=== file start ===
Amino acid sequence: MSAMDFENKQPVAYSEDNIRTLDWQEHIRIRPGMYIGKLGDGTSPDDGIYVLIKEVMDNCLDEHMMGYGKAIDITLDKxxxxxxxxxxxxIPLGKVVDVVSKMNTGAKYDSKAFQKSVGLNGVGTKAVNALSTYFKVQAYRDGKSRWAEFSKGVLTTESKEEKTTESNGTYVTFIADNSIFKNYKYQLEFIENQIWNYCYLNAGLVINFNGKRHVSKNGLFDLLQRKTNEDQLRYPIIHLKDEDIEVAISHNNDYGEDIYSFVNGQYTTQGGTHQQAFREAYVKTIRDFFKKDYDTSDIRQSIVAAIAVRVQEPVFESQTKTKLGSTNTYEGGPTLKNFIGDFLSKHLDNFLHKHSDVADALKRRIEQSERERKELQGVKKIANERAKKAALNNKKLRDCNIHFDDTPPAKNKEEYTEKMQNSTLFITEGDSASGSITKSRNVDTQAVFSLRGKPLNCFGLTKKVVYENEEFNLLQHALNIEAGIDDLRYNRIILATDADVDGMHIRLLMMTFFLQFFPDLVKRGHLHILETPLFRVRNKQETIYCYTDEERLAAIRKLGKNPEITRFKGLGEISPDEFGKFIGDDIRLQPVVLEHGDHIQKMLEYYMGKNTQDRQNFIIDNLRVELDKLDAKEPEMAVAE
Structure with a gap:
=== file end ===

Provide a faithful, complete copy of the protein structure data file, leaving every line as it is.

Amino acid sequence: MSAMDFENKQPVAYSEDNIRTLDWQEHIRIRPGMYIGKLGDGTSPDDGIYVLIKEVMDNCLDEHMMGYGKAIDITLDKxxxxxxxxxxxxIPLGKVVDVVSKMNTGAKYDSKAFQKSVGLNGVGTKAVNALSTYFKVQAYRDGKSRWAEFSKGVLTTESKEEKTTESNGTYVTFIADNSIFKNYKYQLEFIENQIWNYCYLNAGLVINFNGKRHVSKNGLFDLLQRKTNEDQLRYPIIHLKDEDIEVAISHNNDYGEDIYSFVNGQYTTQGGTHQQAFREAYVKTIRDFFKKDYDTSDIRQSIVAAIAVRVQEPVFESQTKTKLGSTNTYEGGPTLKNFIGDFLSKHLDNFLHKHSDVADALKRRIEQSERERKELQGVKKIANERAKKAALNNKKLRDCNIHFDDTPPAKNKEEYTEKMQNSTLFITEGDSASGSITKSRNVDTQAVFSLRGKPLNCFGLTKKVVYENEEFNLLQHALNIEAGIDDLRYNRIILATDADVDGMHIRLLMMTFFLQFFPDLVKRGHLHILETPLFRVRNKQETIYCYTDEERLAAIRKLGKNPEITRFKGLGEISPDEFGKFIGDDIRLQPVVLEHGDHIQKMLEYYMGKNTQDRQNFIIDNLRVELDKLDAKEPEMAVAE
Structure with a gap: